Updated at 12:00 p.m. on Sept. 13 to add Russia's ceasefire announcement.
Russia said Tuesday it had negotiated a ceasefire between ex-Soviet Armenia and Azerbaijan, after fresh border clashes between the historic rivals left dozens dead.
Armenia and Azerbaijan traded blame for exchanges of fire around the contested Nagorno-Karabakh region that began at about midnight local time and which Armenian Prime Minister Nikol Pashinyan said killed at least 49 people.
Yerevan later accused Baku of "trying to advance" inside Armenian territory and said it was seeking military assistance from Moscow.
"We expect that an agreement reached as a result of Russian mediation on a ceasefire from 9:00 a.m. Moscow time (06:00 GMT) on Sept. 13 this year will be carried out in full," the Foreign Ministry in Moscow said in a statement, adding that it was "extremely concerned" by the uptick in fighting.
The Kremlin hailed Moscow's work in quickly securing the ceasefire.
“It is difficult to overestimate the role of the Russian Federation and [President Vladimir] Putin personally. Obviously, the president is making every effort to help de-escalate tensions on the border,” Kremlin spokesman Dmitry Peskov told reporters on Tuesday.
Armenian Defense Minister Suren Papikyan and Russian counterpart Sergei Shoigu had earlier spoken by phone and agreed on "joint steps to stabilize the situation," the defense ministry in Yerevan said.
Armenia’s security council, led by the Caucasus republic’s prime minister and president, gathered to invoke a mutual assistance and cooperation treaty with Russia, which spells out joint defense and military assistance in case of aggression toward signatories, the Armenian government said in a statement.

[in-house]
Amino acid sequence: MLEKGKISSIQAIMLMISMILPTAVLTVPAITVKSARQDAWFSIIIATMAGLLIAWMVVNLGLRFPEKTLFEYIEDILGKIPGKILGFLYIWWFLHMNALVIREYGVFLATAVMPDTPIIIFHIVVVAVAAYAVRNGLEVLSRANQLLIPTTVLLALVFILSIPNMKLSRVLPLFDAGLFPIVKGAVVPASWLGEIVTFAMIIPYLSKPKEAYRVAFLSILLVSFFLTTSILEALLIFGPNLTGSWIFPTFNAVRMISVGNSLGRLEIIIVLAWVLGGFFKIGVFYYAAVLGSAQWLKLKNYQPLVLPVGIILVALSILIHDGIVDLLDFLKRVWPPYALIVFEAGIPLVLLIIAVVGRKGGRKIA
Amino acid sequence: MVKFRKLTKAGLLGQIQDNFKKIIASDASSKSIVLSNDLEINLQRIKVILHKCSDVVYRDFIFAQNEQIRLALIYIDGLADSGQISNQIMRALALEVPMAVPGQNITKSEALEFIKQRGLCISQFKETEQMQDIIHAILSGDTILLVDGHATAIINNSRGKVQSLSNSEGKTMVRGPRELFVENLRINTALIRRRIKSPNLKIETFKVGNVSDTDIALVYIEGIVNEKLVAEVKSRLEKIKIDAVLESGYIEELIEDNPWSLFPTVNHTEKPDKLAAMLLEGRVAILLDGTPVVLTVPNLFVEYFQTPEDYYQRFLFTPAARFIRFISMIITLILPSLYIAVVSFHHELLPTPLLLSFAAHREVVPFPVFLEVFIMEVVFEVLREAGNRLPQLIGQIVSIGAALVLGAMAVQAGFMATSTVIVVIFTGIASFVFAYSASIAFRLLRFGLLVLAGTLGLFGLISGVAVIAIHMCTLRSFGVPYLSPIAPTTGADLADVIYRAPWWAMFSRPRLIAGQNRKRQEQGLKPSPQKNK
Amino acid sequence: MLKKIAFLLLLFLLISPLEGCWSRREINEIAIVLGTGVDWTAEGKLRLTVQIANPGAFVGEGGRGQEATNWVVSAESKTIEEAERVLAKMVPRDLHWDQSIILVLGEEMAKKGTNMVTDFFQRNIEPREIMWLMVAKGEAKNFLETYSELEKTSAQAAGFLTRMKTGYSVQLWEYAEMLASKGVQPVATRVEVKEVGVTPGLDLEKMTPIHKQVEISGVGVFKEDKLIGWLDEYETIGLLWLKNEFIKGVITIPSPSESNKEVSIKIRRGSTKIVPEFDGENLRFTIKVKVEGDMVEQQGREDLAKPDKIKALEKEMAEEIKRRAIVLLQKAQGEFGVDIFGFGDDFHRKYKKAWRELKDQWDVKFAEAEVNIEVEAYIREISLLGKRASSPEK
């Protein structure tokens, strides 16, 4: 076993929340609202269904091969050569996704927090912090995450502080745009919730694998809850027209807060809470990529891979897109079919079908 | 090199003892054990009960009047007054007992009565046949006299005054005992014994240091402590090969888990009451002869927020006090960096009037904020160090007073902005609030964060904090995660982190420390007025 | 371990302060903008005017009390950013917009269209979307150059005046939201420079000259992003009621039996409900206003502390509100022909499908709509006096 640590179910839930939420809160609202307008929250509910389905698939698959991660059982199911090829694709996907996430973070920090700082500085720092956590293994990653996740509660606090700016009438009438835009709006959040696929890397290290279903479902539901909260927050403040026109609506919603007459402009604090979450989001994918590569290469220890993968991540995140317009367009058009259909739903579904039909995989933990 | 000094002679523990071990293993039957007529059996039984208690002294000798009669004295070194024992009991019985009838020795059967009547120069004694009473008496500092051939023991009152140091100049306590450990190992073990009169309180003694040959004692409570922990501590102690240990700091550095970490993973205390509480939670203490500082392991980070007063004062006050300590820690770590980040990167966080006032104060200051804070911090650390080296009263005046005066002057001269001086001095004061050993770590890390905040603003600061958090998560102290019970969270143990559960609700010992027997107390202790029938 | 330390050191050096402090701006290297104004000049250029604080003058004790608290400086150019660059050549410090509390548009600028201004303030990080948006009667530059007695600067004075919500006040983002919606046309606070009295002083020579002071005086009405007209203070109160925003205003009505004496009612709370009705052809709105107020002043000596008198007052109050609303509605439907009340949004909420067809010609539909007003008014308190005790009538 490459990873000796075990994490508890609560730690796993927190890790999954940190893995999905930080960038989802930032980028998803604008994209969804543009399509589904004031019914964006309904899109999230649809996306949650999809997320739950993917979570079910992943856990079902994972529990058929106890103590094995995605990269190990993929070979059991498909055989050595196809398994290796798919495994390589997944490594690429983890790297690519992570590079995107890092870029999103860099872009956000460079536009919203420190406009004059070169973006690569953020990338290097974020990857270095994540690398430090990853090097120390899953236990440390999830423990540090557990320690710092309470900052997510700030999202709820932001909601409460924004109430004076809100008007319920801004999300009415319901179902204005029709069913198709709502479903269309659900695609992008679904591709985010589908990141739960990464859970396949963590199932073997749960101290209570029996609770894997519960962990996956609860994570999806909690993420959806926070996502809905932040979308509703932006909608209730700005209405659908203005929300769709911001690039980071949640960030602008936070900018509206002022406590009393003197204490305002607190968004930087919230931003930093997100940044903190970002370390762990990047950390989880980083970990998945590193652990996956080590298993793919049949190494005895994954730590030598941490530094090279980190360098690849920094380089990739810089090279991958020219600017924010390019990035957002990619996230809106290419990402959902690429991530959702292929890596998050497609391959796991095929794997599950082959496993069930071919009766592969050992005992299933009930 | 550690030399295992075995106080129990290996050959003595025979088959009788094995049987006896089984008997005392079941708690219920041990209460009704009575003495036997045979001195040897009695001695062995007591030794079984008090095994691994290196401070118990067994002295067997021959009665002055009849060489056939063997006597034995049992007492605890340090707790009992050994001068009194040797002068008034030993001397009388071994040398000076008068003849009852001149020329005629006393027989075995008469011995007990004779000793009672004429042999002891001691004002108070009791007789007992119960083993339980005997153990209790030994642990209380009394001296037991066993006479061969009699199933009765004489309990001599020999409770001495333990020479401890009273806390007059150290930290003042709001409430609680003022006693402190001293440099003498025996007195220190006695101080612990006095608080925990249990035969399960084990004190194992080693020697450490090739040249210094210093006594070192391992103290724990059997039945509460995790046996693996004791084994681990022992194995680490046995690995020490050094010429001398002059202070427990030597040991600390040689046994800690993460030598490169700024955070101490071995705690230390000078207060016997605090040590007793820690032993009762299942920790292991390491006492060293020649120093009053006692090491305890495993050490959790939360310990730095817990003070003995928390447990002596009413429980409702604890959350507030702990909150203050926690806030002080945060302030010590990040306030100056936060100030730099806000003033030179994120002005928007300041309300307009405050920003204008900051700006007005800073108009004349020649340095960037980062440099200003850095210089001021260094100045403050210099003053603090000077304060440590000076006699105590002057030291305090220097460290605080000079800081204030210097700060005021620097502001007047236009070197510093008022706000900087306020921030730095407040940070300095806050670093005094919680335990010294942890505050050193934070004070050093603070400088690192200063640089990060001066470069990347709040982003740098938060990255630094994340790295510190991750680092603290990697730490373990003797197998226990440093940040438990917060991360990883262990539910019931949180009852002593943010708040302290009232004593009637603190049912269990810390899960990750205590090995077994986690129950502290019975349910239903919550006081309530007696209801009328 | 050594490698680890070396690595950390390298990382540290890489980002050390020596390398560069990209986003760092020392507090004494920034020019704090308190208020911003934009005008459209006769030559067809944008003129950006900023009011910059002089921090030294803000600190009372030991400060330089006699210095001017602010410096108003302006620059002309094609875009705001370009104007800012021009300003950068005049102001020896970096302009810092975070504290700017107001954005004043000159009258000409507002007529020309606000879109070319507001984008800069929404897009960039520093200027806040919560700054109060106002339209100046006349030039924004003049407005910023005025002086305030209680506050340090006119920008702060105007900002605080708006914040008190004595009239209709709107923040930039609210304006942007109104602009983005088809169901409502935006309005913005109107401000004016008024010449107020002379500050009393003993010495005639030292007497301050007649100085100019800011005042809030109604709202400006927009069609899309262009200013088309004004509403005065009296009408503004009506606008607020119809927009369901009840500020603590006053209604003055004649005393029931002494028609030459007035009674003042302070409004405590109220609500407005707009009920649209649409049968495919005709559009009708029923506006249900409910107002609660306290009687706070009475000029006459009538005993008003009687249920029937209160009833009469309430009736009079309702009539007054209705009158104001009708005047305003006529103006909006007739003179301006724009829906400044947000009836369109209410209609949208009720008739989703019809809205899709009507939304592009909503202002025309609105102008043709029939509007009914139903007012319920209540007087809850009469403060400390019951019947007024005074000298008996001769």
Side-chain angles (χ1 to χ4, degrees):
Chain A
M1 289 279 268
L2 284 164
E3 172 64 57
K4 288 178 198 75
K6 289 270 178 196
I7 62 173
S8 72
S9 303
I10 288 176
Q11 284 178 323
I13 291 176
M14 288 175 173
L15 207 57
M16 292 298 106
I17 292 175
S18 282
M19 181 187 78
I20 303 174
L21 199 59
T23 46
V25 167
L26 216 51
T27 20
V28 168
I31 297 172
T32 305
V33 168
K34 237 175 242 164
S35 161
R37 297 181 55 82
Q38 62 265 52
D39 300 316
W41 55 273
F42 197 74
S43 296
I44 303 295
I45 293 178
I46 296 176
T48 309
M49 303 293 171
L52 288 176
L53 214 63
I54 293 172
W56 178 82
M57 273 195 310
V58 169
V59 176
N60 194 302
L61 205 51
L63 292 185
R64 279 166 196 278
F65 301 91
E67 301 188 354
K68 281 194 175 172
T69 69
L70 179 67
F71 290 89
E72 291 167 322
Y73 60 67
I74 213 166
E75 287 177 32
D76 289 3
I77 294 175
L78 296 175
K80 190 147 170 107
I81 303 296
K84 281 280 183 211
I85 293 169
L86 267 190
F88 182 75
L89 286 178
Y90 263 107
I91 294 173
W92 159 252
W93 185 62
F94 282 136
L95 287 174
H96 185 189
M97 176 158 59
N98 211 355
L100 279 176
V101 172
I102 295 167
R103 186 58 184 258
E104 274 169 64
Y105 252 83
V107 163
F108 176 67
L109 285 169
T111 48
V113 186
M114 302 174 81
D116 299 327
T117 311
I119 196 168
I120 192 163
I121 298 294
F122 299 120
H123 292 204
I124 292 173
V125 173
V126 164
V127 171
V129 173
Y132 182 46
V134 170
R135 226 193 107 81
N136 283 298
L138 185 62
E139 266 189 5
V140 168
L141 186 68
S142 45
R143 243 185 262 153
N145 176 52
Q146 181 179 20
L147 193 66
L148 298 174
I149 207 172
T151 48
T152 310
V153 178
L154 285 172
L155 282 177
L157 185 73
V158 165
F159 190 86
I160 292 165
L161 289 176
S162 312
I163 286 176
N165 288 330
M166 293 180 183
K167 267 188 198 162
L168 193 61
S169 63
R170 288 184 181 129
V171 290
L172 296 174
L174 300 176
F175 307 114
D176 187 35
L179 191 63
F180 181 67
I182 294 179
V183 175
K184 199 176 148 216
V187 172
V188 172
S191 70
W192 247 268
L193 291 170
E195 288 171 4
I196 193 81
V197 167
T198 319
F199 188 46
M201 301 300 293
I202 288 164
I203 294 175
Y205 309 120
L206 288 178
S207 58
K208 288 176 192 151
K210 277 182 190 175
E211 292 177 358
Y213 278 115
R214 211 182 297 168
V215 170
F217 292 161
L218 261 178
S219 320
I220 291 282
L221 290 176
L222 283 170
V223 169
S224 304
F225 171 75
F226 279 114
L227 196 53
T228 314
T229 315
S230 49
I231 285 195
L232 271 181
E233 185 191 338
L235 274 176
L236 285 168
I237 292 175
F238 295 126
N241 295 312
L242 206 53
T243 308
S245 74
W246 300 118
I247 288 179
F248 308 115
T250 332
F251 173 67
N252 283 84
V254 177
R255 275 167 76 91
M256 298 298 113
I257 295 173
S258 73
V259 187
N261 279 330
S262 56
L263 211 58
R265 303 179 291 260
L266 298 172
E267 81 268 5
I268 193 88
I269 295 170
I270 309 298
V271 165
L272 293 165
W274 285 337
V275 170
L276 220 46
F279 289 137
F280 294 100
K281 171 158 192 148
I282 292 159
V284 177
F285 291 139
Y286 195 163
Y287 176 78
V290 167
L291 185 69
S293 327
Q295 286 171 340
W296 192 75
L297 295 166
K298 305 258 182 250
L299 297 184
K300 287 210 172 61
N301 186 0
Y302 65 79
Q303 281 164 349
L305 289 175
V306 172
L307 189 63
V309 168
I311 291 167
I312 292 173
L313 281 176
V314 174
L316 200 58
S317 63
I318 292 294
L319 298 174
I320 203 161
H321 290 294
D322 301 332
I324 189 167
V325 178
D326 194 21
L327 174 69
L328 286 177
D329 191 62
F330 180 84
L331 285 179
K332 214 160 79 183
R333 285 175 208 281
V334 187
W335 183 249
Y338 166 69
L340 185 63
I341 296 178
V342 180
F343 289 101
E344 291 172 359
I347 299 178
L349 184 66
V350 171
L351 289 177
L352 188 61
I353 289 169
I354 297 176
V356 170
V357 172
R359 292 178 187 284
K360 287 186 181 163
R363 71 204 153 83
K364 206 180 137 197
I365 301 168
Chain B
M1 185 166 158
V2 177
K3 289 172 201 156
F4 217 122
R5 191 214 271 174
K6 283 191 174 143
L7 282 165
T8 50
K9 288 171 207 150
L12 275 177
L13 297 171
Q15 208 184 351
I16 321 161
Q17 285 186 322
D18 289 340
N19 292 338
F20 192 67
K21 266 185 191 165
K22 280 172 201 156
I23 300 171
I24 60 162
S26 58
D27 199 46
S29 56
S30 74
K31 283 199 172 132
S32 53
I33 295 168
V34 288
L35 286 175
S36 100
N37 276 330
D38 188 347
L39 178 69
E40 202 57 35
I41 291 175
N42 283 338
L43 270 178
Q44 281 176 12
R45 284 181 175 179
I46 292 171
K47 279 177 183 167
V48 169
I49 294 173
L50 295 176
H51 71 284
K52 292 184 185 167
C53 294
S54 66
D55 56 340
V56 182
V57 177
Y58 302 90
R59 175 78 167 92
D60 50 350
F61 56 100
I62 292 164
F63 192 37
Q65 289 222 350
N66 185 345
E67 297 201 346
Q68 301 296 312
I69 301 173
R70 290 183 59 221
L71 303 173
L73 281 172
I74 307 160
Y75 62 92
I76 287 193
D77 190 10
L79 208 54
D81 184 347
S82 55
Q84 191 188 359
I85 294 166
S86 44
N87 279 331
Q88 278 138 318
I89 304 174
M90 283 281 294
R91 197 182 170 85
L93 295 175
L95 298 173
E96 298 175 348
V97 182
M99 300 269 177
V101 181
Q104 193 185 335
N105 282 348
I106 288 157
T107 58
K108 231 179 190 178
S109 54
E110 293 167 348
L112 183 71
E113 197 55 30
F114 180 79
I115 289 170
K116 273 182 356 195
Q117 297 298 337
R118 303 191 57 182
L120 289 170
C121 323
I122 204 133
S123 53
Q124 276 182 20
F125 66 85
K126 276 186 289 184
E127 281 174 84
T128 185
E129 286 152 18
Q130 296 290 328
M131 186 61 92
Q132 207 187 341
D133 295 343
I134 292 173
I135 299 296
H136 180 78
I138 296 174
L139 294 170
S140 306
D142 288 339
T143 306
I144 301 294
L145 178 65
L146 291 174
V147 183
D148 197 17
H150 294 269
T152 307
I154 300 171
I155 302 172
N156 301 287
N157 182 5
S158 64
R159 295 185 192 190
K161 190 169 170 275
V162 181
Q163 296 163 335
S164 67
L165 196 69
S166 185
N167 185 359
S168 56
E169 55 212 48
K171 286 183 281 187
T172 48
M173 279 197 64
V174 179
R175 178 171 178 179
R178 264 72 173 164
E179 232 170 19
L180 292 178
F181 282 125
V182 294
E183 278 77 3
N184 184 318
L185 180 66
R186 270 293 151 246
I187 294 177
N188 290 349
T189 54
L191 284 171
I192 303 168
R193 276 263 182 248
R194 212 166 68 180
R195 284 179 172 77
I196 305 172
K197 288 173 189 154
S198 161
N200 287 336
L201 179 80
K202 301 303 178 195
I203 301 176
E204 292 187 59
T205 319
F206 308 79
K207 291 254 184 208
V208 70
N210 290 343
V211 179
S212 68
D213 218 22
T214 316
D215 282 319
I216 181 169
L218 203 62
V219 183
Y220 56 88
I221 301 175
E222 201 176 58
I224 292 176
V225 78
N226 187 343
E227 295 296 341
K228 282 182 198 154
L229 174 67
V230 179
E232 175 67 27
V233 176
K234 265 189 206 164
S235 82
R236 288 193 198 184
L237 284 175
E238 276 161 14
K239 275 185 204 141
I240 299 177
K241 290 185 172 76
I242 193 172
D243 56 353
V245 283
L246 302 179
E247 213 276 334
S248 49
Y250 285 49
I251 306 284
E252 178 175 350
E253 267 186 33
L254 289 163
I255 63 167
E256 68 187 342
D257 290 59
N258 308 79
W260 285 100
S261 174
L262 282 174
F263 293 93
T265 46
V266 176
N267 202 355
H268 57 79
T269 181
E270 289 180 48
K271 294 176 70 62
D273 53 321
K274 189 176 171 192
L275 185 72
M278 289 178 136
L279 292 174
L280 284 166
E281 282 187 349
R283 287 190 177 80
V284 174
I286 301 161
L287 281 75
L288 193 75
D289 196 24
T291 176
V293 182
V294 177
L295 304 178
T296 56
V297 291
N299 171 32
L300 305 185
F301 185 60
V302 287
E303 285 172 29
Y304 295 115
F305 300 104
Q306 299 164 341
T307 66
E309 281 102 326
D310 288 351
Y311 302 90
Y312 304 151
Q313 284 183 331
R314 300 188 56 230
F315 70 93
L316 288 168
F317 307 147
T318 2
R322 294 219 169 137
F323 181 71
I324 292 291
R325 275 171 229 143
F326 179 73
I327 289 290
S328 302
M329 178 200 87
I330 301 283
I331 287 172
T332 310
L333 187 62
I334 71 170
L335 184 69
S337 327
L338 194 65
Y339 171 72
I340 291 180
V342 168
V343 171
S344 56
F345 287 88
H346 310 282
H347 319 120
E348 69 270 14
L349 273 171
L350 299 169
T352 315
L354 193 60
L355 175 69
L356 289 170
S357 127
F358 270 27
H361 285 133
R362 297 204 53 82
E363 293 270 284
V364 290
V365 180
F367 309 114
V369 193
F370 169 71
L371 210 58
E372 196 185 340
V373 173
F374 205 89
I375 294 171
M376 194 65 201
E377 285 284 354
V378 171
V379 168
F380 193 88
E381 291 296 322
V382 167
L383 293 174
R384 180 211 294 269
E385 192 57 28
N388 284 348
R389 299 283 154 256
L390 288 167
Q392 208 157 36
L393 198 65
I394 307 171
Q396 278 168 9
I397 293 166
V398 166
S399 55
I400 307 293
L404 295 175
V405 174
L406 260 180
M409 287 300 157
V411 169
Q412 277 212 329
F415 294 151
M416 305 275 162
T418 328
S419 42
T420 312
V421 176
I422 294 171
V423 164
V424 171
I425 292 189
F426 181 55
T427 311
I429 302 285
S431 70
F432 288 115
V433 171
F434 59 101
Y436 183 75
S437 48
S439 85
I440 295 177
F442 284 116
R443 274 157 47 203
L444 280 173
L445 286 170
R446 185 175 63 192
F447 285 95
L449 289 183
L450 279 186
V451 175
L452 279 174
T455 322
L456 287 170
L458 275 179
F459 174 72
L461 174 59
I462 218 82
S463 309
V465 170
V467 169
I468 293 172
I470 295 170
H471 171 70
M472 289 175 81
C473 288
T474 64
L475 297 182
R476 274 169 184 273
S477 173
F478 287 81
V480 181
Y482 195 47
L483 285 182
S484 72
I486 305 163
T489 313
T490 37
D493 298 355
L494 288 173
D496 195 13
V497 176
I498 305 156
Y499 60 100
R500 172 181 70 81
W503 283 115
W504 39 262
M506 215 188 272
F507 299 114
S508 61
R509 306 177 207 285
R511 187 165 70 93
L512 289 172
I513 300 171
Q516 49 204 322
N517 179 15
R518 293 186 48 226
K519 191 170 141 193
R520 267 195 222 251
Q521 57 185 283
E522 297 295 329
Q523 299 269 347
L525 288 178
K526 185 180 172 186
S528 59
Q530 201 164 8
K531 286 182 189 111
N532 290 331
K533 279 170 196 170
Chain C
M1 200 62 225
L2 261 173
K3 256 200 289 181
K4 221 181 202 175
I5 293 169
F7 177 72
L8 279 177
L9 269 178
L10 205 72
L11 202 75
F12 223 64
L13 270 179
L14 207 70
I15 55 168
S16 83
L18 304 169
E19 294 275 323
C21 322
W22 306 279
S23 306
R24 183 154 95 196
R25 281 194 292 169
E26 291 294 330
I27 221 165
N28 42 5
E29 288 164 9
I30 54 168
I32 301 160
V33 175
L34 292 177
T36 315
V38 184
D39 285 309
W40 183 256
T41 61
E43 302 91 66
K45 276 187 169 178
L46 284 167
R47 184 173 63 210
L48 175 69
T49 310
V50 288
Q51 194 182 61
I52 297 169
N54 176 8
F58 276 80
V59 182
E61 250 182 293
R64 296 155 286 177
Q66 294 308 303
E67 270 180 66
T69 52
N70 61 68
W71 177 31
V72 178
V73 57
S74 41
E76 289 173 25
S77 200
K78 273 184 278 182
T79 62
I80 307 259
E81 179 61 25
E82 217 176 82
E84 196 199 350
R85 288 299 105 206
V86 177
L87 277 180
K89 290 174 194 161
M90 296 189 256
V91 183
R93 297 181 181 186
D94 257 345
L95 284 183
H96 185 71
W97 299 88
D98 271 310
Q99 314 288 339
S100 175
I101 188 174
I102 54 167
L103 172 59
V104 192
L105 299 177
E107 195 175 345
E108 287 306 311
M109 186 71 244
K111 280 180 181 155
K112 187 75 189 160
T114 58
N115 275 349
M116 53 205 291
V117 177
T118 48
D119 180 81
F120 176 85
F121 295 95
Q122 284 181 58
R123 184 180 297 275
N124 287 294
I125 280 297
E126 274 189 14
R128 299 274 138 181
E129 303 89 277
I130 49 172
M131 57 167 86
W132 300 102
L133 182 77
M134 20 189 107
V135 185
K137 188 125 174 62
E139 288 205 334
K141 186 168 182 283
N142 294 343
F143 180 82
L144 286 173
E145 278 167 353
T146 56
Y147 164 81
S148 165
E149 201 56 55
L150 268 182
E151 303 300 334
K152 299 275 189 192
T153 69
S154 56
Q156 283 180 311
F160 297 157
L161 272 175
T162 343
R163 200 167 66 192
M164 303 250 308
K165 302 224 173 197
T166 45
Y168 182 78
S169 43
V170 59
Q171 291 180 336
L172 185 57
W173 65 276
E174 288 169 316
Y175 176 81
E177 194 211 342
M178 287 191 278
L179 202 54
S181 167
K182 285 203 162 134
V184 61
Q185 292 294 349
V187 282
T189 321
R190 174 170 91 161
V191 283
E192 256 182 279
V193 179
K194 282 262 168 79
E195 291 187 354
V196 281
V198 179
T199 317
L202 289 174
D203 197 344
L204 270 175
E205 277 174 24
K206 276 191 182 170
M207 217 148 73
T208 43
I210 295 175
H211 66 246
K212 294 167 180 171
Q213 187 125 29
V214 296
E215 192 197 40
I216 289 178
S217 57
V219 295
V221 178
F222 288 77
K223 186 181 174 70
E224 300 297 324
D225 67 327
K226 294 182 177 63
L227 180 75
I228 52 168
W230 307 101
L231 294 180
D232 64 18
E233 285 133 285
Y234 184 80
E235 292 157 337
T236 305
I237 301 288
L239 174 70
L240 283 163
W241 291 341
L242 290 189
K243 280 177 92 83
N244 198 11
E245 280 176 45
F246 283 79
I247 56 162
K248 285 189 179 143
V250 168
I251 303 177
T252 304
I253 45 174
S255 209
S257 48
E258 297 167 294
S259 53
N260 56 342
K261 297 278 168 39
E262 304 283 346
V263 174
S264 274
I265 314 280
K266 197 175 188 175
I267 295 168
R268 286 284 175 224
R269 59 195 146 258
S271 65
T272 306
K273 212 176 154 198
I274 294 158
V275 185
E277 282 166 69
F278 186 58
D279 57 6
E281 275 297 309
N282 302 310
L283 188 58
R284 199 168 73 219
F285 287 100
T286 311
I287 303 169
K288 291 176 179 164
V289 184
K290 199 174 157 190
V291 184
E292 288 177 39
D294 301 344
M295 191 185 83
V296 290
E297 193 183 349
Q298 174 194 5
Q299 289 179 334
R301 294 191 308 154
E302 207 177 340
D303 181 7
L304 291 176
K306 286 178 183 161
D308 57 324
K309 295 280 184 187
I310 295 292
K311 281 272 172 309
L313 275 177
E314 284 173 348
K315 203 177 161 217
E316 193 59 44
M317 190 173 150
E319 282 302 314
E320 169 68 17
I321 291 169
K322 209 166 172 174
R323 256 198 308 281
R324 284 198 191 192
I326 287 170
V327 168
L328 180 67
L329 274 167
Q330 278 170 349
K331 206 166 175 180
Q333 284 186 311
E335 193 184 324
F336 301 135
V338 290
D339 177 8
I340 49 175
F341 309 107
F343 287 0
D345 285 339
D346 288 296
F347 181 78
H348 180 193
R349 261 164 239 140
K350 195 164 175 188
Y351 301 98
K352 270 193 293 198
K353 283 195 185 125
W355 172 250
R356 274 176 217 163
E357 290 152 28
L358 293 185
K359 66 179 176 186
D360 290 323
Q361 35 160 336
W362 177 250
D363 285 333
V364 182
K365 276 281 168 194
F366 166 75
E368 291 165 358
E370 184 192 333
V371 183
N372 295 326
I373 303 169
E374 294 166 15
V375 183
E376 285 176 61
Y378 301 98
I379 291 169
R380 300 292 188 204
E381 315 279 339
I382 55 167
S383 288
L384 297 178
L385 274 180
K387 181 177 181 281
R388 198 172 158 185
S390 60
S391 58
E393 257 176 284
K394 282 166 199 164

The statement added that Armenia will also turn to the Moscow-led security bloc of six former Soviet republics, the Collective Security Treaty Organization (CSTO), as well as the UN Security Council for assistance.
The CSTO's permanent council held an emergency meeting to discuss the border flare-up later Tuesday.
Pashinyan held phone calls with Russian President Vladimir Putin, as well as French President Emmanuel Macron and U.S. State Secretary Antony Blinken.
The flare-up between regional foes Armenia and Azerbaijan is the latest in a series of reported shootouts along their shared border since the end of the 2020 war between Yerevan and Baku over the disputed region of Nagorno-Karabakh.
Armenian officials have linked clashes to Russia’s invasion of Ukraine and pro-government Azeri media seeking to discredit the 2,000-member Russian peacekeeping contingent in Nagorno-Karabakh.
The Ukraine war has fueled rumors that Russia was withdrawing at least part of its peacekeepers into Ukraine and contributed to an escalation of hostilities in Nagorno-Karabakh, where ceasefire violations are common.
Last week, Armenia accused Azerbaijan of killing one of its soldiers in a border shootout. In August, Azerbaijan said it had lost a soldier and the Karabakh army said two of its troops had been killed and more than a dozen injured.
The neighbors fought two wars — in the 1990s and in 2020 — over the Nagorno-Karabakh region, Azerbaijan's Armenian-populated enclave.
Six weeks of fighting in the fall of 2020 claimed more than 6,500 lives and ended with a Russian-brokered ceasefire.
Under the deal, Armenia ceded swathes of territory it had controlled for decades and Moscow deployed about 2,000 Russian peacekeepers to oversee the fragile truce.
During EU-mediated talks in Brussels in May and April, Azerbaijani President Ilham Aliyev and Armenian Prime Minister Nikol Pashinyan agreed to "advance discussions" on a future peace treaty.
Ethnic Armenian separatists in Nagorno-Karabakh broke away from Azerbaijan when the Soviet Union collapsed in 1991. The ensuing conflict claimed around 30,000 lives.
AFP contributed reporting.